Rob Zombie: Lords of Salem Is My Last Horror Film “for a Really Long Time”

Rob Zombie Judy Geeson The Lords of Salem

Rob Zombie speaks to about making The Lords of Salem, why Venomous Rat Regeneration Vendor has the potential for the big screen and why The Lords of Salem is the last horror movie he will make for a while, as he ventures into his hockey movie about the Broad Street Bullies.

To read an extract of the interview and find out how to see it in full: 

Rob Zombie: Lords of Salem Is My Last Horror Film “for a Really Long Time”
By Lauren Wise

Read the full interview here:

Rob Zombie is now a force to be reckoned with in the world of heavy metal and cinema, and his footing is only growing stronger. Starting with White Zombie and solo albums like Hellbilly Deluxe and Educated Horses and continuing with his decade as a film director and screenwriter, Rob Zombie has thrilled and influenced fans and fellow artists since the ’80s.

His newest album, Venomous Rat Regeneration Vendor, was released on April 23, right alongside his newest film (and book), Lords of Salem, which hit theaters April 19. Recently we were able to talk to him about both.

When it comes to film, Rob Zombie has easily spent a decade doing the devil’s work. His love for all things horror, particularly the down-and-dirty chillers from the ’70s and early ’80s, gives his films a unique stylistic experimentation. But Lords is a departure from cult classics like the lovably sadistic Devil’s Rejects and the animated romp The Haunted World of El Superbeasto.

It’s set in Salem, Massachusetts, where a flashback to witches being burned at the stake while cursing the town sets the tone for a radio DJ, Heidi (Zombie’s wife, Sheri Moon), who plays a record and seals her fate as the portal for Satan’s spawn.

Read More: Rob Zombie faces his fans and his art.

Up on the Sun spoke with Rob Zombie about his favorite scenes from Lords of Salem, his biggest creative challenges, and the possibility of his new album becoming a movie.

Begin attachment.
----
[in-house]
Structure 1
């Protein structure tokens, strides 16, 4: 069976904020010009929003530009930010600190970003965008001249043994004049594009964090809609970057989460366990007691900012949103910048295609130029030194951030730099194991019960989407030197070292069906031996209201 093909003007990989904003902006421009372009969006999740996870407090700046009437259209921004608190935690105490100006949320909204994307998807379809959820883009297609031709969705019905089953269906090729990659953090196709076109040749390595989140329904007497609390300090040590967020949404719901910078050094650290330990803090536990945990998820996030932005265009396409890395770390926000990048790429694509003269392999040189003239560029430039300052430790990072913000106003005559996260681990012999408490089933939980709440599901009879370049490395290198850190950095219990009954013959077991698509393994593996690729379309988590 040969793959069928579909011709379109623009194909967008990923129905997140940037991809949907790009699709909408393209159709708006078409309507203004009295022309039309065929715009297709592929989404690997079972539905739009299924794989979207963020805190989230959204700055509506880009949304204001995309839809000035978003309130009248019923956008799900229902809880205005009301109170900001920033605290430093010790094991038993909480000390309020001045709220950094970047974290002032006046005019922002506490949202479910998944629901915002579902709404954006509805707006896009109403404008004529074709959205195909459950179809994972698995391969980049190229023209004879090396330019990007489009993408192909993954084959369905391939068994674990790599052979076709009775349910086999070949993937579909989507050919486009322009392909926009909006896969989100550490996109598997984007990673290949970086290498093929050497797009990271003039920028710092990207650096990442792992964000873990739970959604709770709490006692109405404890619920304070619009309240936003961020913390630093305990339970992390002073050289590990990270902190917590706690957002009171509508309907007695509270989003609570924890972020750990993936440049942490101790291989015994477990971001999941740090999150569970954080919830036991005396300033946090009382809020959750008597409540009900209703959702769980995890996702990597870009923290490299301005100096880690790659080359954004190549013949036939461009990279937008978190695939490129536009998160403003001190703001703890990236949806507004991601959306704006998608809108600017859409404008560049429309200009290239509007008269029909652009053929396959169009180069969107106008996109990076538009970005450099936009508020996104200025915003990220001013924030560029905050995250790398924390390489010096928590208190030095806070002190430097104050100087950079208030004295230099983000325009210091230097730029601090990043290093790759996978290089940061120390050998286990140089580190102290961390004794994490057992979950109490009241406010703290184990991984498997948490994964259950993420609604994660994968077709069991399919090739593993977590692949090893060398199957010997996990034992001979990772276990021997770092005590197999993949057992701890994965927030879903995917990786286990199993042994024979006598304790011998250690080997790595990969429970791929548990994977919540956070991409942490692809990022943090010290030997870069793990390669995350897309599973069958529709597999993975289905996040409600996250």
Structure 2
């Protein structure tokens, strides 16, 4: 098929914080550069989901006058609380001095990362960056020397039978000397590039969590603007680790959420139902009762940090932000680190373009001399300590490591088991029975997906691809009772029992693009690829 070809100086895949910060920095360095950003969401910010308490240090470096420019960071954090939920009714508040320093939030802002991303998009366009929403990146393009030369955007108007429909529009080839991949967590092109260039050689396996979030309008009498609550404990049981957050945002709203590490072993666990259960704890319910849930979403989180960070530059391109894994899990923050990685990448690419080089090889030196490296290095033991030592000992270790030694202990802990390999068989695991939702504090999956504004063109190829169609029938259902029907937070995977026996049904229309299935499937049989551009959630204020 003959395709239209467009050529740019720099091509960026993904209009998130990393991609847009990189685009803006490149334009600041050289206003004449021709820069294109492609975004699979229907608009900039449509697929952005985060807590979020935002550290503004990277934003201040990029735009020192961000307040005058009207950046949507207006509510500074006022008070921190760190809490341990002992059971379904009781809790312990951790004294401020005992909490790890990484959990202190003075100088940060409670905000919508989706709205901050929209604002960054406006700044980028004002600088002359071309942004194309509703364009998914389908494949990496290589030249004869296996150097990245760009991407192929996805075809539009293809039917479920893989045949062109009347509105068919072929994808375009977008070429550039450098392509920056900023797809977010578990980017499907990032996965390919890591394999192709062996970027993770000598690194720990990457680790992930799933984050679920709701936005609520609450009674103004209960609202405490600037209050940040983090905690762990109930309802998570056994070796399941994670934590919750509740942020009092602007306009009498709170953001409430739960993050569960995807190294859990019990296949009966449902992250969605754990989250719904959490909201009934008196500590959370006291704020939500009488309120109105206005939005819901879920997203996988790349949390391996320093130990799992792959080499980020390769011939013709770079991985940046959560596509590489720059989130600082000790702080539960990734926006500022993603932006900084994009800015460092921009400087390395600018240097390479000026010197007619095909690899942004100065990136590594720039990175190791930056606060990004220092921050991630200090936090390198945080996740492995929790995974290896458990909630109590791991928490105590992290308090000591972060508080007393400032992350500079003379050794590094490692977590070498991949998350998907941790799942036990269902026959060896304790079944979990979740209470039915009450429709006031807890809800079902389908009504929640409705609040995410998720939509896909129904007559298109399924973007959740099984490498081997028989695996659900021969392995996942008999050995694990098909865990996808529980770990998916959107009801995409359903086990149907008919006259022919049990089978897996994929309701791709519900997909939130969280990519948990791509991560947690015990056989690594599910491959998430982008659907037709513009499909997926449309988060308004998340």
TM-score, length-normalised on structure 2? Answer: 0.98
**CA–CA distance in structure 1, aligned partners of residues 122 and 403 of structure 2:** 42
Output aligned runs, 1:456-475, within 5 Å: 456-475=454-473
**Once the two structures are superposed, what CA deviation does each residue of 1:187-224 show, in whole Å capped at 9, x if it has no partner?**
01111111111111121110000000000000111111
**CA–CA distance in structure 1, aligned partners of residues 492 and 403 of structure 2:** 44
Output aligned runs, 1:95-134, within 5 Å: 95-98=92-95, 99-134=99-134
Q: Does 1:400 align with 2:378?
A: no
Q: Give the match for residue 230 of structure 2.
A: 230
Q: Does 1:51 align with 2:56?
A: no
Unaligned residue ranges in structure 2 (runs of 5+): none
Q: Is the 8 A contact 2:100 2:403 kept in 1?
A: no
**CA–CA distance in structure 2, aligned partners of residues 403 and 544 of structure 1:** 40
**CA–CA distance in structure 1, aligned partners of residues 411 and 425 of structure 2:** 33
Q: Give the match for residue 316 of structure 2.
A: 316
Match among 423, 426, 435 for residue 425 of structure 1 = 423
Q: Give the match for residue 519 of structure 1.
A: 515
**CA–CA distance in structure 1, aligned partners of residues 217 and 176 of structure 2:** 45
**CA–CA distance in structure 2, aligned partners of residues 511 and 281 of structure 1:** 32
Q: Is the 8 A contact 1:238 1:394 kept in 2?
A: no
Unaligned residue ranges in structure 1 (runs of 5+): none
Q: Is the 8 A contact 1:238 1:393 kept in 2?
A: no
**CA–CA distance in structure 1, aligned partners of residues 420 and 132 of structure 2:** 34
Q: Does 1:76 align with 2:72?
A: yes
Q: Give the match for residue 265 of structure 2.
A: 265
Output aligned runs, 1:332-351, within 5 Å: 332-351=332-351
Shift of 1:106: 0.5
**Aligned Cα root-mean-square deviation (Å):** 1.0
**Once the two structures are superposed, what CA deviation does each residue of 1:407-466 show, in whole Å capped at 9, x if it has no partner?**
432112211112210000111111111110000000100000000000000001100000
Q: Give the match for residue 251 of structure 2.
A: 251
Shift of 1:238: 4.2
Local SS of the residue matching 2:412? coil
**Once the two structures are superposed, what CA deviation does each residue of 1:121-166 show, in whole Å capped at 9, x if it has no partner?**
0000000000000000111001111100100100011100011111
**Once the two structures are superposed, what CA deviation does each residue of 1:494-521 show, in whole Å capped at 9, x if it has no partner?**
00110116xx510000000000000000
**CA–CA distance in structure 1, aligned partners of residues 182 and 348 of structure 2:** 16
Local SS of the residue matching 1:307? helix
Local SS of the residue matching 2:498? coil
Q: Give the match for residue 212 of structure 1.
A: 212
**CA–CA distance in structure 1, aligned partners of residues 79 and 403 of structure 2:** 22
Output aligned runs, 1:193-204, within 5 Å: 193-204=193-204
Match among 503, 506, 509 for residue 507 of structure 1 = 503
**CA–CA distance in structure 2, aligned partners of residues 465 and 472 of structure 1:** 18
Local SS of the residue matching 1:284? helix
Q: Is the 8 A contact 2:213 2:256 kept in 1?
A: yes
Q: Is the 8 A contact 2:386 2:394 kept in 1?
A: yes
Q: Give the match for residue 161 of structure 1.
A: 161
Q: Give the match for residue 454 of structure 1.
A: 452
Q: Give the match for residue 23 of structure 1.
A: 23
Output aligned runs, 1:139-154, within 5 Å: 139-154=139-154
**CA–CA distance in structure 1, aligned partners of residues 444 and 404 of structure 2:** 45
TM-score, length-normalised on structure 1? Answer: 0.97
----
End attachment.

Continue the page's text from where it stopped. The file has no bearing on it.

Last summer when we spoke, you said that this album is opening a new chapter in your life and it could be titled something like “The Final Act.” So how did an outrageous title like Venomous Rat Regeneration Vendor come about?

I really don’t remember. At some point during the recording of the record I came up with that and wrote it down. Then toward the end of the record . . . I usually title the record toward the end, because once I hear the music, I get the vibe of the album and come up with what it should be called. I saw that title, and I don’t remember doing it or what made me think of it, but I just thought, “That’s it! That’s the title!”

So it must hint at some crazy concept.

Well, the concept is quite secretive at this point, and I can’t get into it.

Oh, no!

[Laughs] Well, I can’t tell anyone. The band doesn’t even know!

You also said this new album was possibly going to be a record that could turn into a movie. Do you see Venomous Rat Regeneration Vendor as that record?

I would love to, [but] I don’t know when or how that’s ever possible. It could be 20 years, who knows?

Is there a track that was more challenging than others to make, or is there a favorite you have?

Well, for some reason my favorite is “Ging Gang Gong.” I just like that song for some reason. It was an easy song to do, and it was just a free-sounding song. There were a lot of mistakes and I left them in. It was just chaos.

The most difficult song, for some reason, was “White Trash Freaks.” We came up with that groove and I thought it would be easy. But for some reason it just went on and on and on. We kept re-recording it, changing the vocals, changing the chorus. I was losing my mind writing that song; I don’t know why, though.

I particularly love “Rock and Roll in a Black Hole,” and the slower breakdown at the end of “The Girl Who Loved the Monsters.”

“Rock and Roll” was the last song written for the record. The band had left and it was just me and the producer, and we had the studio for one more day. And I thought I wanted to do one more song. I knew we had this synth-y loop-type thing we’d never used that I’d always liked. And that whole song was put together and recorded one afternoon super- quick, just before they started packing up the studio and shipping off the equipment.

And sometimes . . . You know, you labor over songs that no one ever cares about, and then other times you whip one up in one afternoon and everyone loves it.

Read the rest of the interview here: